Both then, as a child and as a young girl, and now, Svitlana works hard: she considers the day lost without painting. The artist creates landscapes of the picturesque Ukraine and paintings, where embroidered towels, national costumes and other elements are made in a style that combines folk painting, Ukrainian avant-garde and realistic school. The painter emphasises and plays with colours, and this fills her works with joy and light, but sometimes also with sadness.
Why did the Ukrainian artist end up in Belgium? She did not even think about her move to this country, but oddly enough, it was her love for Ukraine that caused it. In the ‘90s, Svitlana focused on painting Ukrainian themes while listening to Ukrainian music. She made a lot of figurative paintings with folklore plots and folk traditions. Many people knew about her work because the artist cooperated with patriotic and women’s organisations. And isn’t that a miracle? One day, Svitlana received a call from the Foreign Ministry of Ukraine proposing that she have a personal exhibition in Belgium dedicated to the 10th anniversary of Ukrainian independence. And then,a real success came: on the one hand, professionally, because Belgians were delighted with her works; on the other hand, personally, because Guillaume Vanbeckevoort, director of the West Flanders Art Academy fell in love with both the paintings and the painter herself. A bit later he became Svitlana’s husband.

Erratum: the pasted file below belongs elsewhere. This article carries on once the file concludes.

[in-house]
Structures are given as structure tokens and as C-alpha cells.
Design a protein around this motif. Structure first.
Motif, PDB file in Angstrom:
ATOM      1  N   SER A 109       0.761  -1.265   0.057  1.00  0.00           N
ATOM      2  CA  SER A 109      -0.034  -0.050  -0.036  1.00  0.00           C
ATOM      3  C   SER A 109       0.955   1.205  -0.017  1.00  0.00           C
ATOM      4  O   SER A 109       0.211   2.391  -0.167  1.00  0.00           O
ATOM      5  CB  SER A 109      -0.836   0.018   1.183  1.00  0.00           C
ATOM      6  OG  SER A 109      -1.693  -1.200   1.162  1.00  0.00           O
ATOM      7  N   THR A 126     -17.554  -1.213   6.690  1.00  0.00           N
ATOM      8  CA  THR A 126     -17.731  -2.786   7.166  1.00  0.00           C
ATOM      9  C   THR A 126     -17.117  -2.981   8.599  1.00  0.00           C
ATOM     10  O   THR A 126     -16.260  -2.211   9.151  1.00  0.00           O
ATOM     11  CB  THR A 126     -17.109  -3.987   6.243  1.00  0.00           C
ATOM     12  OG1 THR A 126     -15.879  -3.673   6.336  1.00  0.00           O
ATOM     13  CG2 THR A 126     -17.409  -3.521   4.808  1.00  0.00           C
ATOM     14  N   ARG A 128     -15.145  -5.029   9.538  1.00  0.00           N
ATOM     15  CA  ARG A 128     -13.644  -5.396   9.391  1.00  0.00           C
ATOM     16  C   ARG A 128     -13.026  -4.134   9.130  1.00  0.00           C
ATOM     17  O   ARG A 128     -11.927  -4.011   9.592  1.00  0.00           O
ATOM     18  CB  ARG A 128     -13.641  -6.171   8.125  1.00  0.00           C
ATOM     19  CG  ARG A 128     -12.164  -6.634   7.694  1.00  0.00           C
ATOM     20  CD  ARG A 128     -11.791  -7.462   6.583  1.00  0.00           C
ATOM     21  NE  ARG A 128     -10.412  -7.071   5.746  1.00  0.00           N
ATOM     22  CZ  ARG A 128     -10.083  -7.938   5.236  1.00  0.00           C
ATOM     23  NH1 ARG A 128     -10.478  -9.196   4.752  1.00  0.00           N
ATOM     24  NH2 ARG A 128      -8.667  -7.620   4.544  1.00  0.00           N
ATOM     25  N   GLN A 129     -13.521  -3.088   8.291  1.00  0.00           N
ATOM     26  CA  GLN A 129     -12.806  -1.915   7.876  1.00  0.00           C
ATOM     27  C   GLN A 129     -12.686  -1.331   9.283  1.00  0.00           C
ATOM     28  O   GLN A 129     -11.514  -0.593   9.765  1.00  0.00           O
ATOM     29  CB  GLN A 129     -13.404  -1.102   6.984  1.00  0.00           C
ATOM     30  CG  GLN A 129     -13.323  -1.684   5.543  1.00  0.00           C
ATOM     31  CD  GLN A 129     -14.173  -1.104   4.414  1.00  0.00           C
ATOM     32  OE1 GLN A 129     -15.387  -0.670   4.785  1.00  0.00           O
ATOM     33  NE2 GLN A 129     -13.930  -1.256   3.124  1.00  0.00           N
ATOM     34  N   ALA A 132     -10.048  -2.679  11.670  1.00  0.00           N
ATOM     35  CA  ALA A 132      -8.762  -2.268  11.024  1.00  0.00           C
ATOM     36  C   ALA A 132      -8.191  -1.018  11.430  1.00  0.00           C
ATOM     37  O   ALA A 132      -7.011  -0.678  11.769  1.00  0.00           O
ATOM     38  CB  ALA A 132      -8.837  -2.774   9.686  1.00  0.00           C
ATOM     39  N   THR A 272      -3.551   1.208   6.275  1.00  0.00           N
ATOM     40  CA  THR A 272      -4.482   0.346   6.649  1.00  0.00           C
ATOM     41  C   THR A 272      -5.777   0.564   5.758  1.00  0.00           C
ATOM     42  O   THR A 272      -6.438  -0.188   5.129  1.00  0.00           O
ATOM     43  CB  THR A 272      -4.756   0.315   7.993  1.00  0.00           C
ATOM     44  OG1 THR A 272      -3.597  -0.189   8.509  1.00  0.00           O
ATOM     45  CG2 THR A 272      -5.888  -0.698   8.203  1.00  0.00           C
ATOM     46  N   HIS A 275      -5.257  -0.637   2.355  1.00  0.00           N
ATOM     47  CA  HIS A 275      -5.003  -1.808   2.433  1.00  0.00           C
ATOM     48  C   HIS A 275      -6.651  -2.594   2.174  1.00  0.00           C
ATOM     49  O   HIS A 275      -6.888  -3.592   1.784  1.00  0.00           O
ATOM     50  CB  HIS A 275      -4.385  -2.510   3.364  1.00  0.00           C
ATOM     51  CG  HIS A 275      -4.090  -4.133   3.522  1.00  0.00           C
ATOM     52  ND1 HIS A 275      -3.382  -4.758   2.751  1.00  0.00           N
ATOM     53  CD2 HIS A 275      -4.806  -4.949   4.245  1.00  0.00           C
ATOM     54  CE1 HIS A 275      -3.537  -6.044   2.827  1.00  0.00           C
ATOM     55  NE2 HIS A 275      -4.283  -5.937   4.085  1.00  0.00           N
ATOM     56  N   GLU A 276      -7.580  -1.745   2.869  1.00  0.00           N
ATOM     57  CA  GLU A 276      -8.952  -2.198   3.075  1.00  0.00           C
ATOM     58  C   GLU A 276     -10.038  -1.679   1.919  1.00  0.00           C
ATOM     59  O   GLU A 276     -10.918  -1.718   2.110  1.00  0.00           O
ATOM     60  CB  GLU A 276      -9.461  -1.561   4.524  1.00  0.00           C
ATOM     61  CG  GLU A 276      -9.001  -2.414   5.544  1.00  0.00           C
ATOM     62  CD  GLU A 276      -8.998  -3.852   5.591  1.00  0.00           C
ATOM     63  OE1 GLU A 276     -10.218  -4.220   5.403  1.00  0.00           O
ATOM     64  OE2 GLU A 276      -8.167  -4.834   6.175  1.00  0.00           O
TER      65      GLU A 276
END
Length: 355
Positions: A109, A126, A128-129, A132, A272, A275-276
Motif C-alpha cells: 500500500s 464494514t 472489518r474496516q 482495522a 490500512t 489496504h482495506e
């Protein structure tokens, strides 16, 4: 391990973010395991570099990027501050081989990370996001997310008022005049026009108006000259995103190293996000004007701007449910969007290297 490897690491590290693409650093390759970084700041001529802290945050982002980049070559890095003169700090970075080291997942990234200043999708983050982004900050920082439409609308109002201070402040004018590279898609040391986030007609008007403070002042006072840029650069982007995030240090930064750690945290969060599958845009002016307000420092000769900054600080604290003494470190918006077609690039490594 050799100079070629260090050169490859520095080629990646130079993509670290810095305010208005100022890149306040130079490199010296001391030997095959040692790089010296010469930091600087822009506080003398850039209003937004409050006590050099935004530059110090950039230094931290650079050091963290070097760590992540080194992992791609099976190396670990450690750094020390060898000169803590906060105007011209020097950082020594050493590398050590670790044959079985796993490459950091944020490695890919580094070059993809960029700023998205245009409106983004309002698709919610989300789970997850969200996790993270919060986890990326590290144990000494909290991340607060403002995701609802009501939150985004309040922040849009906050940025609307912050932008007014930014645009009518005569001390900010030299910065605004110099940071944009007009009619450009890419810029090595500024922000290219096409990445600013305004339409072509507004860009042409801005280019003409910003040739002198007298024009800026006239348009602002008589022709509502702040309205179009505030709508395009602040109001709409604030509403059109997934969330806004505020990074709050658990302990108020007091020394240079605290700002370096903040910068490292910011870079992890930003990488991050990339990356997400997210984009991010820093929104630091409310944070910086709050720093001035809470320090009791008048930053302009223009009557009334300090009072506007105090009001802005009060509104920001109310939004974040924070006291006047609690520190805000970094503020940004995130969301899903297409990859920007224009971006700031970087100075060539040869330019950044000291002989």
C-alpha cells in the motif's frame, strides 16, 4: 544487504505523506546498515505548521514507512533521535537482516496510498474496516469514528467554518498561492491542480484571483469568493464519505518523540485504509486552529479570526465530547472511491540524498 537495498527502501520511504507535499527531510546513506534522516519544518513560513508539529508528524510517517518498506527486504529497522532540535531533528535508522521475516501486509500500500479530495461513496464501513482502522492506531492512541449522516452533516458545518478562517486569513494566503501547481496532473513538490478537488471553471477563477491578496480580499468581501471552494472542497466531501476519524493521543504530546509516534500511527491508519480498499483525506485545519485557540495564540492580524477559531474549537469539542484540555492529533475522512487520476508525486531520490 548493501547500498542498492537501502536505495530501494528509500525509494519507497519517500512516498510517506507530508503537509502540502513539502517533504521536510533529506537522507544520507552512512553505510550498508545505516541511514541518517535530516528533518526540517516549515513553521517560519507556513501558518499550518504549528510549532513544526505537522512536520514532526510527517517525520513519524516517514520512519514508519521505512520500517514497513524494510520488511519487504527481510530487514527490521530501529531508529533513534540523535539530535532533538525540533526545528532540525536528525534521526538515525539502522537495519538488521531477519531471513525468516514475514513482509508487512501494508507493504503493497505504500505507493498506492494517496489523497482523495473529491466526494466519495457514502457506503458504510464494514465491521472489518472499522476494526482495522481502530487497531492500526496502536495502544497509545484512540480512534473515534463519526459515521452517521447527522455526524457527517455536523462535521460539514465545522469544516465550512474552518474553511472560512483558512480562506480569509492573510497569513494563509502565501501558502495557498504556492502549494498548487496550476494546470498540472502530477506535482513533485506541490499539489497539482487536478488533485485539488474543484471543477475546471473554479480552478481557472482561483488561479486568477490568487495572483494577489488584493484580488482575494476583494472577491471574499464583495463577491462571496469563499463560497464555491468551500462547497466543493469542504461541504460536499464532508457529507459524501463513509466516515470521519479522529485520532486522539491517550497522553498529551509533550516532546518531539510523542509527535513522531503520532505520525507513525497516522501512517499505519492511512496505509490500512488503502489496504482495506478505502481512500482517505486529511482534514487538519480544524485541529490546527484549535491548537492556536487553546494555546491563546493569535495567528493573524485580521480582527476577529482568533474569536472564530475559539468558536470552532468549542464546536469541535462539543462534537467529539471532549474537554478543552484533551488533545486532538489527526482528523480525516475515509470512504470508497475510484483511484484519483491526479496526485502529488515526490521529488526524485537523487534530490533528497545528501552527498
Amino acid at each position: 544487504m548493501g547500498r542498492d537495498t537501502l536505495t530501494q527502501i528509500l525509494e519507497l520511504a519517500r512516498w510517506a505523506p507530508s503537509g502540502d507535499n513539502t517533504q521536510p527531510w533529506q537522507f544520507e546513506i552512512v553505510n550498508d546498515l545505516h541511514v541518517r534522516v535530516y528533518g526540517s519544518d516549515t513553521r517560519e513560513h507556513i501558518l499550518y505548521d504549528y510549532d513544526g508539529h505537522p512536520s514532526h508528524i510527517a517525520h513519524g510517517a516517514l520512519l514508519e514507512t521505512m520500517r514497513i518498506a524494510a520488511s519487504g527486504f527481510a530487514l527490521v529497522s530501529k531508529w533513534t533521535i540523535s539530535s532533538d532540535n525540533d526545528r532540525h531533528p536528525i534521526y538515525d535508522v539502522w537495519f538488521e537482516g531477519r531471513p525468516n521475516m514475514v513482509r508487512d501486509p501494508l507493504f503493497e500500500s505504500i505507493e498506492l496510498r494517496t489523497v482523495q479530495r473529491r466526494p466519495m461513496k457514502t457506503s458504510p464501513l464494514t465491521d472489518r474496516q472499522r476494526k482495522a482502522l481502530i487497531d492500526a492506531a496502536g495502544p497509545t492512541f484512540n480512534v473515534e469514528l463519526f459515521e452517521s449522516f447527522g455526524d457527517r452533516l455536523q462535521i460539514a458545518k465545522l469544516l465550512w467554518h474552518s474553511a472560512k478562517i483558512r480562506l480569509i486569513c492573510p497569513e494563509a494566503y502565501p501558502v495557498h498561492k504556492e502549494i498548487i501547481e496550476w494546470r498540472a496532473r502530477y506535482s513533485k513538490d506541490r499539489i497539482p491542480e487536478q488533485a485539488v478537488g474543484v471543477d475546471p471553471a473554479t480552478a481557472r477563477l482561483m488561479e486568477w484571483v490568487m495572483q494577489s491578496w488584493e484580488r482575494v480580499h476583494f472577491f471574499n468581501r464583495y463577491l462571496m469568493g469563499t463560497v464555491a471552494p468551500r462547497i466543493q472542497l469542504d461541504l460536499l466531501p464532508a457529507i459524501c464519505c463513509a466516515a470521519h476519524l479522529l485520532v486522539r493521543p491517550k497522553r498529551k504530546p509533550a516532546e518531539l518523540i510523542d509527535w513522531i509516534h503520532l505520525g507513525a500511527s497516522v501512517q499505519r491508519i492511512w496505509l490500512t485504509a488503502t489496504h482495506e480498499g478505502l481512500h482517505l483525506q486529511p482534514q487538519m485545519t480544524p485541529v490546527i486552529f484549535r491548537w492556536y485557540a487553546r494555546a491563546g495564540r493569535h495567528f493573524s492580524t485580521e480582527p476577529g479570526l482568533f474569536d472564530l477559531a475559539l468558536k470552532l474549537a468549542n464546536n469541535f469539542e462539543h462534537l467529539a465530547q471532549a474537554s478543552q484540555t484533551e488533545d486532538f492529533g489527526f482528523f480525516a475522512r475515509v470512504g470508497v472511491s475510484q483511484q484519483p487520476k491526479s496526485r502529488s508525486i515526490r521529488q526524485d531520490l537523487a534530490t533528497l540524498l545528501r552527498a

Happy ending? Is it enough to live in a rich country with your beloved man and to work, if at all, only for your own pleasure? Yes and no. Mrs. Lebiga decided to fill in the gap in knowledge about Ukraine among Belgians and other Europeans. During her first years in Belgium, she organised her own or small group exhibitions with Ukrainian themes. Then, she started teaching at the Koksijde Academy on the North Sea coast, where she, with other prominent artists, gives lessons during school holidays. Svitlana tries to see talent in students and gives them an academic base in drawing.
There is also a Ukrainian leitmotif here: the artist talks about her homeland and love for it. In this way, the course participants also begin to like Ukraine, which was not known to most of them before the class. A striking example of this: after the outbreak of the war in Donbas, Mrs. Lebiga’s students collected money to buy materials for the art-rehabilitation of war victims in the Carpathians. There is more to come. The painter organises Ukrainian-themed events at the Cultural Centre for Ukraine in Belgium, which she founded.